But as big an enemy as Babylon was, Isaiah’s gospel gives glimpses of a bigger foe. Thus, most of chapters 40-65 seem to be devoted to describing how God would deal with Israel’s sins. Ultimately, there would be no one who could deal with the situation so He would deal with it Himself (Is.59:15-20). He would send His true Servant Israel to bear His people’s sins (Is. 52:13 – 53:12). The oppressing nations certainly needed to be overthrown, but the real tyrant appears to be sin itself (and therefore death, the “wages of sin”). But with the Lord’s salvific return, He would “swallow up death forever” (Is. 25:8). Fundamentally then, the gospel would proclaim the twin pillars of dynastic transfer: the Messiah would overthrow the old evil rulers and reign as the true King.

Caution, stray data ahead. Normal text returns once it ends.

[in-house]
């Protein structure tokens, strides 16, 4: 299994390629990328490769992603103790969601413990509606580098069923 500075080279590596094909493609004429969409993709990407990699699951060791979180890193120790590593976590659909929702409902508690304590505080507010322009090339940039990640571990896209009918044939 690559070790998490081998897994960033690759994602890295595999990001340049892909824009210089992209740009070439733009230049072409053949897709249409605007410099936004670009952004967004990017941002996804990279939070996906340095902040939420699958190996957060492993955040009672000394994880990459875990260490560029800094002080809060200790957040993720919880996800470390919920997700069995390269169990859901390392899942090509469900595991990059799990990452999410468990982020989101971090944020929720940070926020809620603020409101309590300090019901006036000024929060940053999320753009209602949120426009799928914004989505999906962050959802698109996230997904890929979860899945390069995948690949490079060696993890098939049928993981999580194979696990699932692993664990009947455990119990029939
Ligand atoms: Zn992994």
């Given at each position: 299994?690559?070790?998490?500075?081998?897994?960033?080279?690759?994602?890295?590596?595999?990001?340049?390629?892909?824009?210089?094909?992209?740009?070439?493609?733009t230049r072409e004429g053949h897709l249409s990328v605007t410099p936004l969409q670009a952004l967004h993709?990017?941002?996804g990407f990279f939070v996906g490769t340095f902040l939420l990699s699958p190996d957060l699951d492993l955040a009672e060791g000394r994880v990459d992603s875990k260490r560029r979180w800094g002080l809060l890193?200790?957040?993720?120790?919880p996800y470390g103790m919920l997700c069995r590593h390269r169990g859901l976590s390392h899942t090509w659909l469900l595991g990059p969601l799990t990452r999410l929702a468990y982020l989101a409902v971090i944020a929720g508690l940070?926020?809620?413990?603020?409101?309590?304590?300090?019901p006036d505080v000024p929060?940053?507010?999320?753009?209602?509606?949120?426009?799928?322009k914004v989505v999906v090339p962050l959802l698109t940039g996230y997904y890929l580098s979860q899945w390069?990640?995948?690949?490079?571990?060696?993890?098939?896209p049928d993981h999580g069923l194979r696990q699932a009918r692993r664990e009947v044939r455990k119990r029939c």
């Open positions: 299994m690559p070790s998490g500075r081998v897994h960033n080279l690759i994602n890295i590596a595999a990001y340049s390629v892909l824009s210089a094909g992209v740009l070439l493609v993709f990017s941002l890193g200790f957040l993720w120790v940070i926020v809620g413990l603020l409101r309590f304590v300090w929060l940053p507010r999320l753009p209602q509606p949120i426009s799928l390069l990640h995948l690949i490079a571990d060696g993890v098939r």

Early on in “the Gospels,” we are told that John the Forerunner came as a “voice of one crying in the wilderness” who would “prepare the way of the Lord” (Matt. 3:1-3; Mark 1:1-4). This historical event was the very “preface” to the fulfillment of the gospel according to the Isaiah 40 passage quoted above. So what did he say and do? We are told that John “announced the good news” (i.e., “gospel,” Luke 3:18). Matthew and Luke gave some details regarding this good news.
He [John] will also go before Him [the Lord] in the spirit and power of Elijah, “to turn the hearts of the fathers to the children,” and the disobedient to the wisdom of the just, to make ready a people prepared for the Lord. (Luke 1:17)
In those days John the Baptist came preaching in the wilderness of Judaea, and saying, “Repent, for the kingdom of heaven is at hand!” (Matt. 3:1, 2)